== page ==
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Consumer Reports

Milk is fresh: Beverage gets flashy makeover to attract young drinkers | (KRT) Tired of being outshined by soda, old-fashioned milk is morphing into a more dazzling drink, flying across the counters at fast-food restaurants after edging its way into school vending machines.

Milk marketers have ditched the dull and clumsy cardboard cartons and simple flavors for flashy, colorful plastic bottles and strawberry, banana, root beer and other kid-friendly flavors.

"We've made milk relevant to how kids live today," said Chris Moore, spokesman for Dairy Management Inc., a national organization that promotes dairy products.

The shift is such a hit parents and kids are swapping their McDonald's Happy Meal soft drinks for splashy-looking mini-milks with Ronald McDonald surfing across a wave of milk.

Both McDonald's and Wendy's introduced the newly designed white and chocolate milks last summer, and have since reported record sales of milk.

Wendy's went from selling 65,000 units of milk each week nationwide to more than 1 million, said Wendy's spokesman Bob Bertini.

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"Anyway you look at it, milk options have been a hit," Bertini said. "People today are looking for fresh, tasty, nutritious options. Milk fills that bill."

Milk sales at McDonald's jumped from 650,000 units a week to 4.25 million, according to dairy industry experts. McDonald's would not confirm the numbers.

Other fast-food chains are testing the newly packaged products.

"It's a great idea," said Rhett Krueger as his 3-½-year-old son slurped a chocolate milk at McDonald's on Highway 18 in Waukesha County, Wis.

Krueger said in the past he would order an orange soda with his son's Happy Meal, drink it himself and give his son milk at home.

Milk is also making significant market gains in schools, where children are increasingly grabbing 16-ounce "Grip it, Sip it" milks from vending machines, said James Robson, spokesman for the Wisconsin Milk Marketing Board.

Wisconsin leads the nation in number of schools with milk vending machines, Robson said. About 365 schools now offer milk from machines. That's up 50 percent from two years ago. And the number is expected to grow.

Don Kreuser, principal of Oak Creek West Middle School, had a milk vending machine installed in his school last year.

"I was alarmed at the amount of soft drinks kids were drinking," he said. "They were bringing it in the morning and drinking it at lunch."

Many kids now opt for milk, he said. "It's a popular choice."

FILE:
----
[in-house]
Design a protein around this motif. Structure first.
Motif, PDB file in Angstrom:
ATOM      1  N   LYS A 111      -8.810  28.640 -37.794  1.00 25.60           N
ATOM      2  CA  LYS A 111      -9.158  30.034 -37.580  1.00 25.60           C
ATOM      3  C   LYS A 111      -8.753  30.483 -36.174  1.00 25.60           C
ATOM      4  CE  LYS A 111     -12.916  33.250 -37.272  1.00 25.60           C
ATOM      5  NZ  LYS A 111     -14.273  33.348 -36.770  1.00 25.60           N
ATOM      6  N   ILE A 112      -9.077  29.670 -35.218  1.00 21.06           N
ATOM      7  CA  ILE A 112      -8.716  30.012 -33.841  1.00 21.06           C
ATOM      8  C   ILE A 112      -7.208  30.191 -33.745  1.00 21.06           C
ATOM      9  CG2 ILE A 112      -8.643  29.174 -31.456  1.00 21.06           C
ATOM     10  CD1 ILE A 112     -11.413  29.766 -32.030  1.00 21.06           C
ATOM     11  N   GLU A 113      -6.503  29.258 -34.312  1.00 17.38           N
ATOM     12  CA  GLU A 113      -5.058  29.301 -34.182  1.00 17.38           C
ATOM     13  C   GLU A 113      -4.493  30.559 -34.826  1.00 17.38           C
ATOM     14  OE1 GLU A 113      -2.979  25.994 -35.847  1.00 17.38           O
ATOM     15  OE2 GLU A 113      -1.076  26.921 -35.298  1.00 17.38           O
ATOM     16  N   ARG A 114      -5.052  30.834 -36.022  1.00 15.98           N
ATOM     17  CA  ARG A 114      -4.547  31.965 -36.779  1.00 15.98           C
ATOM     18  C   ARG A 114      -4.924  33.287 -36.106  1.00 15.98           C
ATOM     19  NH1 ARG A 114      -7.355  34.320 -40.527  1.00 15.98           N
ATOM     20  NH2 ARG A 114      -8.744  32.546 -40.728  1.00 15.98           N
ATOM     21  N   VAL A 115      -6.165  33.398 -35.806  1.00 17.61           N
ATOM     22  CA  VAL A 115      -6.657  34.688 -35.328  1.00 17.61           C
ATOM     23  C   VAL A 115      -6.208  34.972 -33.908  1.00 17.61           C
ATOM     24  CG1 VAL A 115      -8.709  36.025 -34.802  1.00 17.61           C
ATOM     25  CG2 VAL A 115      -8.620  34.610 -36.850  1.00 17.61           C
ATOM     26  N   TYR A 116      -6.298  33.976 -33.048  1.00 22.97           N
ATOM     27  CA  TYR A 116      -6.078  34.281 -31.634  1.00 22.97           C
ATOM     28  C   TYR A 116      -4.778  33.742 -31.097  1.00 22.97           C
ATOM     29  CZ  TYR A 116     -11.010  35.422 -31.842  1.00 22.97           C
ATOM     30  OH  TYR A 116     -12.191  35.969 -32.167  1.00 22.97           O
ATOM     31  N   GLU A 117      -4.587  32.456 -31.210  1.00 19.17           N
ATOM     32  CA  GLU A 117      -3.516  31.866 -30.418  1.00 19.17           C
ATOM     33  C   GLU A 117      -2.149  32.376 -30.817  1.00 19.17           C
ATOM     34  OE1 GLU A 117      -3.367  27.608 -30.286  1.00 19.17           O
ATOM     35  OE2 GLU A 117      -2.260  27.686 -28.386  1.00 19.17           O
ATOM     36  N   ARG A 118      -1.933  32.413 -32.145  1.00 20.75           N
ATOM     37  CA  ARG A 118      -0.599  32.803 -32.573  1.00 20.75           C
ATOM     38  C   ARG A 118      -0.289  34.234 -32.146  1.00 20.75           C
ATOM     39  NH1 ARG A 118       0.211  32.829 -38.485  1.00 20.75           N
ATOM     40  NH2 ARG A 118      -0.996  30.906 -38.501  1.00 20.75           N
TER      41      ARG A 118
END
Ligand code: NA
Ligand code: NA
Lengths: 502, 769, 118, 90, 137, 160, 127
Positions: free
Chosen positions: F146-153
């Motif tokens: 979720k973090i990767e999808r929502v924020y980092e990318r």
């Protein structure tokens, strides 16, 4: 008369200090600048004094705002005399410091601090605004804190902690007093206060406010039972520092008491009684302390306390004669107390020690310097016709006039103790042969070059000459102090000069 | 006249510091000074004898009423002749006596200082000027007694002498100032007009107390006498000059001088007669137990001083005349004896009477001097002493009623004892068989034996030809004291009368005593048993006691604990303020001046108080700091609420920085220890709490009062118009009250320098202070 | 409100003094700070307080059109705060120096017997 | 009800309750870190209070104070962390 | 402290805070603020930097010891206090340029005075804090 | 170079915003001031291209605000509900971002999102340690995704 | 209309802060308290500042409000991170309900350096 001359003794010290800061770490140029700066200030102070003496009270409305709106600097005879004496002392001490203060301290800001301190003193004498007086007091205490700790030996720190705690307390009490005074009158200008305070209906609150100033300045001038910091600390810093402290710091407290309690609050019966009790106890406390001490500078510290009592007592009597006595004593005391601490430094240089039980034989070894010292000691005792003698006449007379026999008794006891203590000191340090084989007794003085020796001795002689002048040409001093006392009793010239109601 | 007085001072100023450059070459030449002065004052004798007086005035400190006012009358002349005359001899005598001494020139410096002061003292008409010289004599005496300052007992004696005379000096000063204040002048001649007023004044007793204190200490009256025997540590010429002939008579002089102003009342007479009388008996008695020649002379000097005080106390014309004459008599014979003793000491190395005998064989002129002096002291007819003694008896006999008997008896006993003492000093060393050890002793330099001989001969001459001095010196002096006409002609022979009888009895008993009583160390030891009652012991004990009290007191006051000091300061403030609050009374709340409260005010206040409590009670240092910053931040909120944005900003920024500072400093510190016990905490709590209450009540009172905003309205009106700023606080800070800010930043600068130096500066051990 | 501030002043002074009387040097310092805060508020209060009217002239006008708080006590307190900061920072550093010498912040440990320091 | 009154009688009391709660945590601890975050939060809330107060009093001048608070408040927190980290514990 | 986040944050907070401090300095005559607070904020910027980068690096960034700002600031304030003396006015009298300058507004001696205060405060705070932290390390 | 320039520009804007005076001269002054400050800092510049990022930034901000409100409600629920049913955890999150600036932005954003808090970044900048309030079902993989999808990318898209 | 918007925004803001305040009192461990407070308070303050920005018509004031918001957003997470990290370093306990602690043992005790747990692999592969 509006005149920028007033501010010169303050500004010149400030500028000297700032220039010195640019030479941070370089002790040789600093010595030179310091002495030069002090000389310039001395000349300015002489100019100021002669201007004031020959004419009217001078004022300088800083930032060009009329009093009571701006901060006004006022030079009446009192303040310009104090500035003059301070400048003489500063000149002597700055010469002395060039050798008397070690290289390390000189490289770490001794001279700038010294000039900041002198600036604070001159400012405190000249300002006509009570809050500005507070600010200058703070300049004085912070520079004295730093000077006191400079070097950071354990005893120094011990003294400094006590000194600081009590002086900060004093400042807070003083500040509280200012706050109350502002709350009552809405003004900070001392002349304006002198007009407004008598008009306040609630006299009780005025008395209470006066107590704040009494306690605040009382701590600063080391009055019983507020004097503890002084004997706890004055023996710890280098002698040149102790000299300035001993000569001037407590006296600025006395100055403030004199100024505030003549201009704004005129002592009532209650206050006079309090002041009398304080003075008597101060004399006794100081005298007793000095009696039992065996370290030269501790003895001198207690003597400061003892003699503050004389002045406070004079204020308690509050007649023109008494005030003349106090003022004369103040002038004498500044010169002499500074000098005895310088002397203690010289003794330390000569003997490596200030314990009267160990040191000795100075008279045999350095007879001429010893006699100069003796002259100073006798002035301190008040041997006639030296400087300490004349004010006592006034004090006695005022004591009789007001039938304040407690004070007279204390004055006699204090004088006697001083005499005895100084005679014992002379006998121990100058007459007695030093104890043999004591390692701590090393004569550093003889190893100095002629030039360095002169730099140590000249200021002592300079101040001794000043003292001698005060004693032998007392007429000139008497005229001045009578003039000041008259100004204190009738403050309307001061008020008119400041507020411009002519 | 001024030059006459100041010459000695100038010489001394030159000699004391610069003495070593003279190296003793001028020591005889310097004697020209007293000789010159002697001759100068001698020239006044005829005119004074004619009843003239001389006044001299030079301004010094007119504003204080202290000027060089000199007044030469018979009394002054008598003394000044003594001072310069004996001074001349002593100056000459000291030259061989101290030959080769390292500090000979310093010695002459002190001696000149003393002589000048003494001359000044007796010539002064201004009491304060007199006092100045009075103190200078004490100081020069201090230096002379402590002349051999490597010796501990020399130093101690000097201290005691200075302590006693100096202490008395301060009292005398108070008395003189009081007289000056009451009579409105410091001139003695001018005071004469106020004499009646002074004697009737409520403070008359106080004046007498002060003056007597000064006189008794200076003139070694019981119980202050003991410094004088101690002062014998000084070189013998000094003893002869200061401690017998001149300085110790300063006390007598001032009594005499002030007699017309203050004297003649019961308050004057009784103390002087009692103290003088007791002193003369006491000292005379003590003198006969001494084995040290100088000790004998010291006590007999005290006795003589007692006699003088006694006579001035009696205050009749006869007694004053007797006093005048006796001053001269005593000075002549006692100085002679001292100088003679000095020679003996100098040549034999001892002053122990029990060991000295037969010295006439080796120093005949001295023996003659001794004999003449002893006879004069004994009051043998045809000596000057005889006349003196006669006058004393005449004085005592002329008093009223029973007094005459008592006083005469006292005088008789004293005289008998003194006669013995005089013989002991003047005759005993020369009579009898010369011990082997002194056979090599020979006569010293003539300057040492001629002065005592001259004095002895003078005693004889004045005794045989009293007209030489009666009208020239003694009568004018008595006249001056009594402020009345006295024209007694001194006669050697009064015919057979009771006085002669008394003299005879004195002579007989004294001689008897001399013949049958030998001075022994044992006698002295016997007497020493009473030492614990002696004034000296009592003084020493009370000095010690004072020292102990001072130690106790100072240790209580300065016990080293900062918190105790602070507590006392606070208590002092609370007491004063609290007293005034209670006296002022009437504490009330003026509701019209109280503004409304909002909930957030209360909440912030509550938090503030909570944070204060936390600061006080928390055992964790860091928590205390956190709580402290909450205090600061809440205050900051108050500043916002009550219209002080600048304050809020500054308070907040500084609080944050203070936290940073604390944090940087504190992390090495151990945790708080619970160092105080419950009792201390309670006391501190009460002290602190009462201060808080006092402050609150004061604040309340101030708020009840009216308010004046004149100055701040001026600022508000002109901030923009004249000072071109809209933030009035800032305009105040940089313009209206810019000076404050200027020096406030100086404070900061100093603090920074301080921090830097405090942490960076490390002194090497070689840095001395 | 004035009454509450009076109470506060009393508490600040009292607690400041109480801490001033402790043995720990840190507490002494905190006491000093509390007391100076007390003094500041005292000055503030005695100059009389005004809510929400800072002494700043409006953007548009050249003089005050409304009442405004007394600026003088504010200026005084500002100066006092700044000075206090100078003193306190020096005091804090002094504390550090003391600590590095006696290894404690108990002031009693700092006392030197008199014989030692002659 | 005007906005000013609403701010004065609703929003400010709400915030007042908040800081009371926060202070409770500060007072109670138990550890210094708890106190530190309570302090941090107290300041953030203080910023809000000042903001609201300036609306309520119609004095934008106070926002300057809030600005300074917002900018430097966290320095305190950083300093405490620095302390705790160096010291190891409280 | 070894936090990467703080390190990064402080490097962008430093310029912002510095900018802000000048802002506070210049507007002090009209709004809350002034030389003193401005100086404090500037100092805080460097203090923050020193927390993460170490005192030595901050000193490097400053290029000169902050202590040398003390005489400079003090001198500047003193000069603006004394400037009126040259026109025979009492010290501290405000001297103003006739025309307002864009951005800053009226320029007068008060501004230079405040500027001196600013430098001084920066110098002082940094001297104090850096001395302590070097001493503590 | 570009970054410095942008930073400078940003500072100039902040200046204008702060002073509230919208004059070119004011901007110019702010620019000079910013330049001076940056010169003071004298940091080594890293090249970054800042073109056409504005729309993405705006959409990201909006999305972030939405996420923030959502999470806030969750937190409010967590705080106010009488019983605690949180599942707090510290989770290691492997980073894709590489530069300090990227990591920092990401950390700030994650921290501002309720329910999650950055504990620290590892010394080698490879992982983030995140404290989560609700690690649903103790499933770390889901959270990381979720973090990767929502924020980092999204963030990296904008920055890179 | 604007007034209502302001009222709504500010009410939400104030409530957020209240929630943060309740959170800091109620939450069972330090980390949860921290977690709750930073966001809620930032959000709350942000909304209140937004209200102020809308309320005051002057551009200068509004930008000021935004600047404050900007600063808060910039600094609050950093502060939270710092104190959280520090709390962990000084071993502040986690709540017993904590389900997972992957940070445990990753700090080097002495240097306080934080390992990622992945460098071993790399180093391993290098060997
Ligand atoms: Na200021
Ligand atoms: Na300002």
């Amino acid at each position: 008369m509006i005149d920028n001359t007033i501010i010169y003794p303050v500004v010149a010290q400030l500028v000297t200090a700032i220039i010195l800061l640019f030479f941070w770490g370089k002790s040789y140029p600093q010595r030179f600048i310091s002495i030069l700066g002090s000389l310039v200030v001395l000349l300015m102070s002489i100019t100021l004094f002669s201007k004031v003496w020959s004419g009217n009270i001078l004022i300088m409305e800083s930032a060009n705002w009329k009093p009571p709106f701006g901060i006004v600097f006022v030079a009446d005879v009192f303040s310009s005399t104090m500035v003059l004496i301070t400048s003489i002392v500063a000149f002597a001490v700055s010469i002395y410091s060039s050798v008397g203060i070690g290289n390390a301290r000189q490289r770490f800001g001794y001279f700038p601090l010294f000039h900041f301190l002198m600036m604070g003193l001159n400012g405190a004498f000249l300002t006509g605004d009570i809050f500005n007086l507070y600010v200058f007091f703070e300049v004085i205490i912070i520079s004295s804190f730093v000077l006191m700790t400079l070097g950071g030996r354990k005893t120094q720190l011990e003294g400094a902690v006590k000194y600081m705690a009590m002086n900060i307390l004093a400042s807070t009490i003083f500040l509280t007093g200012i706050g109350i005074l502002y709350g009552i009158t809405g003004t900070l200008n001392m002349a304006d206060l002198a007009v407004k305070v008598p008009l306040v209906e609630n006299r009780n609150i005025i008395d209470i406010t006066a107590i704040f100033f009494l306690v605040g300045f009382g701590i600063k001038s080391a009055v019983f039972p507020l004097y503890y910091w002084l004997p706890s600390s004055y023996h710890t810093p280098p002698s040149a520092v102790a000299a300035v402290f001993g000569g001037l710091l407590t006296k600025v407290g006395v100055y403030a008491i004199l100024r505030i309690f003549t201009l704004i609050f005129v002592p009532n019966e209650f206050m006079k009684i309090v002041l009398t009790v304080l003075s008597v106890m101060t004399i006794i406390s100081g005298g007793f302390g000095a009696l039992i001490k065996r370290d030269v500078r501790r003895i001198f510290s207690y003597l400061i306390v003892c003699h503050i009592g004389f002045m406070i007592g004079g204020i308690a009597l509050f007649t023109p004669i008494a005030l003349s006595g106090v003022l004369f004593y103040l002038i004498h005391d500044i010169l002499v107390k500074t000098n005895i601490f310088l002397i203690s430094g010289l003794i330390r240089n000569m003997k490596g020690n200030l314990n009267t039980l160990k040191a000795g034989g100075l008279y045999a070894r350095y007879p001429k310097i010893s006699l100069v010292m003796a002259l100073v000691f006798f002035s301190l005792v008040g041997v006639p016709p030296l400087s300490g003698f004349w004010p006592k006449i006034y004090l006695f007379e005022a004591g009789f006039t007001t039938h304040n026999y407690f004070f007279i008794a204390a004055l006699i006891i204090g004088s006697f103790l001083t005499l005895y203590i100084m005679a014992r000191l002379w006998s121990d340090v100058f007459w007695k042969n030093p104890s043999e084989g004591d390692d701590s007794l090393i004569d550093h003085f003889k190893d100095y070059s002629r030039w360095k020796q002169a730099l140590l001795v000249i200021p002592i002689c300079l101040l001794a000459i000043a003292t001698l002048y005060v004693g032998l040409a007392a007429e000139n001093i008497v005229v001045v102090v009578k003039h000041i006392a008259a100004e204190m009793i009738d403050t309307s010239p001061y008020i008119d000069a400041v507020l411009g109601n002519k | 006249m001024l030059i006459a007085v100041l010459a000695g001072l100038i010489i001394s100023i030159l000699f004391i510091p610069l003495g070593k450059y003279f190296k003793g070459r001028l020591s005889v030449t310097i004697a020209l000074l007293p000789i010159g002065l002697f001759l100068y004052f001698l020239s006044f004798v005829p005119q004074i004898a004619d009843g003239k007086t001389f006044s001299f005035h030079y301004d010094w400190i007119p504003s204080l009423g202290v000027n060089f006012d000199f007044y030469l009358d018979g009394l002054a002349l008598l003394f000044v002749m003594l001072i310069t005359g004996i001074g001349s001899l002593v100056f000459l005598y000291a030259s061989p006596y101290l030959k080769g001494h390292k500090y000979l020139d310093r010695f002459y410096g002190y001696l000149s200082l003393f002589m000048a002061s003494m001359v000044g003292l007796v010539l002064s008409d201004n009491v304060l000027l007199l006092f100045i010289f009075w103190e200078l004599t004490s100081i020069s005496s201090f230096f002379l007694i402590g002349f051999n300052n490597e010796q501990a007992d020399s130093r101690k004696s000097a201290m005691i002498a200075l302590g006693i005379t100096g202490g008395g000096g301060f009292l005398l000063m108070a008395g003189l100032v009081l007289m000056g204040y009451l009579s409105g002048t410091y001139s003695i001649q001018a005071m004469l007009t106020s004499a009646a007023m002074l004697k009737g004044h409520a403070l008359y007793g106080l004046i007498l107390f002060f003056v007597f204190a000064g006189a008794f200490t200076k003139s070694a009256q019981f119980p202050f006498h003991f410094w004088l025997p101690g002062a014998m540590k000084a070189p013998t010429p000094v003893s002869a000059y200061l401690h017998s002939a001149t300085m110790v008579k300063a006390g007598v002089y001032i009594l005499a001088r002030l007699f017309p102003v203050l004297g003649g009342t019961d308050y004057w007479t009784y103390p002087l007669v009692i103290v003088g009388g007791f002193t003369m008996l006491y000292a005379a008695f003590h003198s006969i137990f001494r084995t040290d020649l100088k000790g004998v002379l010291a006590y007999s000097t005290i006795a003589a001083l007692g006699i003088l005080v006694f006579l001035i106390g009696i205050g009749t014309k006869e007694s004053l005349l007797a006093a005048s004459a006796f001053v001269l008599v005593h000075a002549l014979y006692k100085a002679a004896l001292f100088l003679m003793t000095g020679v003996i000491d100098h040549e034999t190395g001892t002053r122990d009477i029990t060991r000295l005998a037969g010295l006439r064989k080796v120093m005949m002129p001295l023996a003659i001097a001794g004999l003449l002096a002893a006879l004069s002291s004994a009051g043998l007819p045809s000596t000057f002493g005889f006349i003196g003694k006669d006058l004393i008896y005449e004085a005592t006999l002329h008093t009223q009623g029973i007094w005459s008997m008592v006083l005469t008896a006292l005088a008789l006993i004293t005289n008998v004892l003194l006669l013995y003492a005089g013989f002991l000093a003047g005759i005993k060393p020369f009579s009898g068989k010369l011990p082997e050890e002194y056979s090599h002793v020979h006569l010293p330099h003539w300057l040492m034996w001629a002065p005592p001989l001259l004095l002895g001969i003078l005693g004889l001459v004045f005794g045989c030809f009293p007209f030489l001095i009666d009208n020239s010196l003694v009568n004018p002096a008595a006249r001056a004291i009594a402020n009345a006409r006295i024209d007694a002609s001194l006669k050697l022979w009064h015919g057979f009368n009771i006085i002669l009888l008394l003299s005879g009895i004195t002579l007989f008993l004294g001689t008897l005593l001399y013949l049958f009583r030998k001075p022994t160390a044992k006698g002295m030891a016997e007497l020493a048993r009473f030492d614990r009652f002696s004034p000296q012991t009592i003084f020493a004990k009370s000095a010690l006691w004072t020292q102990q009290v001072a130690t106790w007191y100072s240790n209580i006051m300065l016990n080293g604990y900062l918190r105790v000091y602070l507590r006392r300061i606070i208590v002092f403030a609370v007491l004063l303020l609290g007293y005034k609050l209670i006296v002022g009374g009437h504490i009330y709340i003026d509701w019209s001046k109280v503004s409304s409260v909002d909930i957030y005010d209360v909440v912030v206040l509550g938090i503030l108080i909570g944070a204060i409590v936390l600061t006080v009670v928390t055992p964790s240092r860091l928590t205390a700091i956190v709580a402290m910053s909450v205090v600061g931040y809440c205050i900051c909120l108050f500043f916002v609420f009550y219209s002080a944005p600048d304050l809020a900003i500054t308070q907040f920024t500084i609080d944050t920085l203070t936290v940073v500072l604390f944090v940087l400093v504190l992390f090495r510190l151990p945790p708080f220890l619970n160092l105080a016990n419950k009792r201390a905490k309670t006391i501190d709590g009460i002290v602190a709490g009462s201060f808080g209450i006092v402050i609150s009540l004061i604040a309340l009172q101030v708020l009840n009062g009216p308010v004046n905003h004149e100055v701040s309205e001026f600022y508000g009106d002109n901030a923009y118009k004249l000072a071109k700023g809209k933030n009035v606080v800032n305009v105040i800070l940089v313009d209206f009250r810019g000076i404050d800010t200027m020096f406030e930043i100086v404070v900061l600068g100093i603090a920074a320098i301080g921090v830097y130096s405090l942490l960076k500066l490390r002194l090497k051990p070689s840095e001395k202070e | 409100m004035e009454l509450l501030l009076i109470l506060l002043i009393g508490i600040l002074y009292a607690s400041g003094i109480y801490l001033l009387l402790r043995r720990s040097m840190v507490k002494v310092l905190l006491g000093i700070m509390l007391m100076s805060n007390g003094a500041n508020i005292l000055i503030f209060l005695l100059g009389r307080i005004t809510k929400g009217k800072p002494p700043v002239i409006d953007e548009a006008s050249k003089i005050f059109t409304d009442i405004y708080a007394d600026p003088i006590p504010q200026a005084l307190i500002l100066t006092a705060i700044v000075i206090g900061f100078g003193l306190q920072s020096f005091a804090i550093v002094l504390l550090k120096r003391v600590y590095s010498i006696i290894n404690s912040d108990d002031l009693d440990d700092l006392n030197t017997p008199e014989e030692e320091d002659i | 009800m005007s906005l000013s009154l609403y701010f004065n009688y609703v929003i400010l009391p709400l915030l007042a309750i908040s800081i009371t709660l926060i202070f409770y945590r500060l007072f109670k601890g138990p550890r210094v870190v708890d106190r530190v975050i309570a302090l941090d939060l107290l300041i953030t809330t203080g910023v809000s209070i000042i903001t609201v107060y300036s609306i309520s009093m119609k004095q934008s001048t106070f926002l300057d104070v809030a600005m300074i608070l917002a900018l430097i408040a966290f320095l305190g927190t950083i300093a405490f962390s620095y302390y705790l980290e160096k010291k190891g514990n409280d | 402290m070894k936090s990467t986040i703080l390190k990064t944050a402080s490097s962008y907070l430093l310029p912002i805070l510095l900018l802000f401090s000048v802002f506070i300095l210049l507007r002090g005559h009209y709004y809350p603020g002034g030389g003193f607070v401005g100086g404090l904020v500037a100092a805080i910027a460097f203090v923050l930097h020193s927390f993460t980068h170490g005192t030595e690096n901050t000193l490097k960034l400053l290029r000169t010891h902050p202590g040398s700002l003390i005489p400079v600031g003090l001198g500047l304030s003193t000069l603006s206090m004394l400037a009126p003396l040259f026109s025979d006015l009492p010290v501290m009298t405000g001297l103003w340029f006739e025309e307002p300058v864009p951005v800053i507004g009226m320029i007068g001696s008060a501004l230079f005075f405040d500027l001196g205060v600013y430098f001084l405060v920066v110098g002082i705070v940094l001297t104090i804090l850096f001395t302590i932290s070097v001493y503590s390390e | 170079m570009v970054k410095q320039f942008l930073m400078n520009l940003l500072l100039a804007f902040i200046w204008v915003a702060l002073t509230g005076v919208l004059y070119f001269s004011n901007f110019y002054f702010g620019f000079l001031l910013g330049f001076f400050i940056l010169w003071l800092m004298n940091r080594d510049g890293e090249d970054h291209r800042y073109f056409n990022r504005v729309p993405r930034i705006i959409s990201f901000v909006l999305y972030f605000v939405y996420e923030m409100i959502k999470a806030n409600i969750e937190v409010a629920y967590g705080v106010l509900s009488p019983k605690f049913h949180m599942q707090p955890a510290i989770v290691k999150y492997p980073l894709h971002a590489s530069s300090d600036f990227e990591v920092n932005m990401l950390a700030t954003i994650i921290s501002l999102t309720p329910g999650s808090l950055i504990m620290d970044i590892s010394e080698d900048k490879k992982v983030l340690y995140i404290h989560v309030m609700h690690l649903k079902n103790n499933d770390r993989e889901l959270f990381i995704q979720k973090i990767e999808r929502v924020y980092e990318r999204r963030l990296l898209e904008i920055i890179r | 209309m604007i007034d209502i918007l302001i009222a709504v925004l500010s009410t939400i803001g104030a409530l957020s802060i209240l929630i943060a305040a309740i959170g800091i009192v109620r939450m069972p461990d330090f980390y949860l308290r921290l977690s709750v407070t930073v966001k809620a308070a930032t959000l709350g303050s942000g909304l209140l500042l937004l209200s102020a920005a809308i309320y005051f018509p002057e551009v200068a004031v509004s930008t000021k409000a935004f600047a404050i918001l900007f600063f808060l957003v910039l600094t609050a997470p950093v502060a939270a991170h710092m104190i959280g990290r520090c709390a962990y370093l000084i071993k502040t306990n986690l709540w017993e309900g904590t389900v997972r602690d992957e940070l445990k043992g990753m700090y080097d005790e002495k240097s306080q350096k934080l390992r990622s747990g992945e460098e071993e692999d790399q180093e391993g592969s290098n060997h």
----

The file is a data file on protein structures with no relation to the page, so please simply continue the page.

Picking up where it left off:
State Sen. Dave Hansen, D-Green Bay, takes some credit for getting milk vending machines in the schools. He co-sponsored legislation in 2002 that prohibits soft-drink companies with exclusive school contracts from disallowing milk machines, as some had done in the past.

The reauthorization of the federal Child Nutrition Act, signed into law in June, includes a similar provision.

Hansen said he plans to study Wisconsin's law to see how it's working and whether it needs improving.

Hansen's original bill required schools with soft-drink contracts to offer milk "whenever and wherever the soft drinks are available to pupils." The language was watered down before it passed to say that schools should try "to the maximum extent possible" to make milk available to students. Hansen called the current version a compromise.

"I think it's important," he said. "It's time to follow up and re-evaluate it."

The U.S. Surgeon General's office recommends school age children consume 800 to 1,300 milligrams of calcium every day, depending on age, and 200 international units of vitamin D a day. One cup of milk has about 300 milligrams of calcium and 50 international units of vitamin D.

Thirteen-year-old Kyle Wagner said he likes having the option of drinking milk during the school day.

"I buy it about once a week," said Wagner, an eighth-grader at Eisenhower Middle School in New Berlin, Wis. "I like the taste."

Soft-drink companies themselves are launching milk-based products for consumption in schools. Late last year Coca Cola, for example, introduced Swerve, which has just enough milk - 51 percent - to be labeled with the "Real" dairy seal. Pepsi is testing Milk Chillers in a variety of flavors.

Dairy farmers aren't sure yet what to make of such milk drinks. It's too soon to say whether they'll boost milk production or compete with sales, they say.

For now, dairy farmers are celebrating the break into the fast-food chains and school vending machines, said Rosalie Geiger, whose family has owned Ran-Rose Farms near Reedsville in Manitowoc County, Wis., since 1867.

Geiger said industry advocates have been pushing for better packaging for nearly seven years.

"Packaging is so important, especially to kids. A resealable, plastic container is the best way to serve out product," he said.

Already, the increase in milk sales in the two fast-food chains alone represents 150 million pounds of fluid milk annually, the equivalent of 150 times Geiger's annual sales.

Geiger says milk marketers' next target is the school lunch line, where cartons are still king.

According to Dairy Management Inc., $142 million is spent each year to market milk in the Unites States, but that pales in comparison to what is spent marketing soft drinks. Industry estimates suggest about $375 million was spent so far this year just to market Coke, according to Dairy Management.

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© 2004, Milwaukee Journal Sentinel Distributed by Knight Ridder/Tribune Information Services